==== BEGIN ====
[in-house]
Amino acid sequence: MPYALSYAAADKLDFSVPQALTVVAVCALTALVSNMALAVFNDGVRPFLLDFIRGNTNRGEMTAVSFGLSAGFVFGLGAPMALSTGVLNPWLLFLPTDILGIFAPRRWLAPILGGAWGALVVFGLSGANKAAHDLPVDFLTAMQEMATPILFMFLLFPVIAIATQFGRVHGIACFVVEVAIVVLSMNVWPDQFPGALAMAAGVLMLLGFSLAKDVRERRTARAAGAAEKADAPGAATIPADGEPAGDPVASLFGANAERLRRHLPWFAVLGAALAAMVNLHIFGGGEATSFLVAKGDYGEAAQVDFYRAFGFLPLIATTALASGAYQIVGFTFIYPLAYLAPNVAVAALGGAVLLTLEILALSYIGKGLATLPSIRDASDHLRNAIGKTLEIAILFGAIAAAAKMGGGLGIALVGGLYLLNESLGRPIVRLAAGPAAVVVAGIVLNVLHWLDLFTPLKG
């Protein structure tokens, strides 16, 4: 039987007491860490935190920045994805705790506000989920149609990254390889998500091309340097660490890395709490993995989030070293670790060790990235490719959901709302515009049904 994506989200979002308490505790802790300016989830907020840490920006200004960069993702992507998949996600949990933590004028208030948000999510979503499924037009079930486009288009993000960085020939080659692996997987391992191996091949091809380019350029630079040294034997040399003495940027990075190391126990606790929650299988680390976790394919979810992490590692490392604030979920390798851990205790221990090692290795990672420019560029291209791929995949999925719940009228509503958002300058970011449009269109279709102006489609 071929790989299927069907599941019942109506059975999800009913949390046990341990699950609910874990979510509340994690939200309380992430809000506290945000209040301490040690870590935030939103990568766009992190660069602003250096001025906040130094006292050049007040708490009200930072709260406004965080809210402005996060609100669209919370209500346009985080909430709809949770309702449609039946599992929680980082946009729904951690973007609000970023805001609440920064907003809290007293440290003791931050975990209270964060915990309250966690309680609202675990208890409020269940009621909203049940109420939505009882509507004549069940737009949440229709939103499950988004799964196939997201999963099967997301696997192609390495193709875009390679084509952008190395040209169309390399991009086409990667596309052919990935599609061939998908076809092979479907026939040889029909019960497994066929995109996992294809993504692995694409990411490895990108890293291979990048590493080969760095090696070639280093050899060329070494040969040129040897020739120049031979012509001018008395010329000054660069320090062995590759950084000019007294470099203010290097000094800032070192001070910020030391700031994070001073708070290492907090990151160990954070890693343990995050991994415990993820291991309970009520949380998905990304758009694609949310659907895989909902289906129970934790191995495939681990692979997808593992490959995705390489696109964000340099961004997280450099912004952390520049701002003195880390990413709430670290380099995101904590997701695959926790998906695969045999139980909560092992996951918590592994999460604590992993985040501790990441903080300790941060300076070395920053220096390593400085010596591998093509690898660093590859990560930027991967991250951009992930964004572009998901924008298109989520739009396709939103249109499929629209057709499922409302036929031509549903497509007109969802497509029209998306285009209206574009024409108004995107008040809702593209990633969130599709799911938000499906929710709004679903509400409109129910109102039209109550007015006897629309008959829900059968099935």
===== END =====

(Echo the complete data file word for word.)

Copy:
[in-house]
Amino acid sequence: MPYALSYAAADKLDFSVPQALTVVAVCALTALVSNMALAVFNDGVRPFLLDFIRGNTNRGEMTAVSFGLSAGFVFGLGAPMALSTGVLNPWLLFLPTDILGIFAPRRWLAPILGGAWGALVVFGLSGANKAAHDLPVDFLTAMQEMATPILFMFLLFPVIAIATQFGRVHGIACFVVEVAIVVLSMNVWPDQFPGALAMAAGVLMLLGFSLAKDVRERRTARAAGAAEKADAPGAATIPADGEPAGDPVASLFGANAERLRRHLPWFAVLGAALAAMVNLHIFGGGEATSFLVAKGDYGEAAQVDFYRAFGFLPLIATTALASGAYQIVGFTFIYPLAYLAPNVAVAALGGAVLLTLEILALSYIGKGLATLPSIRDASDHLRNAIGKTLEIAILFGAIAAAAKMGGGLGIALVGGLYLLNESLGRPIVRLAAGPAAVVVAGIVLNVLHWLDLFTPLKG
């Protein structure tokens, strides 16, 4: 039987007491860490935190920045994805705790506000989920149609990254390889998500091309340097660490890395709490993995989030070293670790060790990235490719959901709302515009049904 994506989200979002308490505790802790300016989830907020840490920006200004960069993702992507998949996600949990933590004028208030948000999510979503499924037009079930486009288009993000960085020939080659692996997987391992191996091949091809380019350029630079040294034997040399003495940027990075190391126990606790929650299988680390976790394919979810992490590692490392604030979920390798851990205790221990090692290795990672420019560029291209791929995949999925719940009228509503958002300058970011449009269109279709102006489609 071929790989299927069907599941019942109506059975999800009913949390046990341990699950609910874990979510509340994690939200309380992430809000506290945000209040301490040690870590935030939103990568766009992190660069602003250096001025906040130094006292050049007040708490009200930072709260406004965080809210402005996060609100669209919370209500346009985080909430709809949770309702449609039946599992929680980082946009729904951690973007609000970023805001609440920064907003809290007293440290003791931050975990209270964060915990309250966690309680609202675990208890409020269940009621909203049940109420939505009882509507004549069940737009949440229709939103499950988004799964196939997201999963099967997301696997192609390495193709875009390679084509952008190395040209169309390399991009086409990667596309052919990935599609061939998908076809092979479907026939040889029909019960497994066929995109996992294809993504692995694409990411490895990108890293291979990048590493080969760095090696070639280093050899060329070494040969040129040897020739120049031979012509001018008395010329000054660069320090062995590759950084000019007294470099203010290097000094800032070192001070910020030391700031994070001073708070290492907090990151160990954070890693343990995050991994415990993820291991309970009520949380998905990304758009694609949310659907895989909902289906129970934790191995495939681990692979997808593992490959995705390489696109964000340099961004997280450099912004952390520049701002003195880390990413709430670290380099995101904590997701695959926790998906695969045999139980909560092992996951918590592994999460604590992993985040501790990441903080300790941060300076070395920053220096390593400085010596591998093509690898660093590859990560930027991967991250951009992930964004572009998901924008298109989520739009396709939103249109499929629209057709499922409302036929031509549903497509007109969802497509029209998306285009209206574009024409108004995107008040809702593209990633969130599709799911938000499906929710709004679903509400409109129910109102039209109550007015006897629309008959829900059968099935």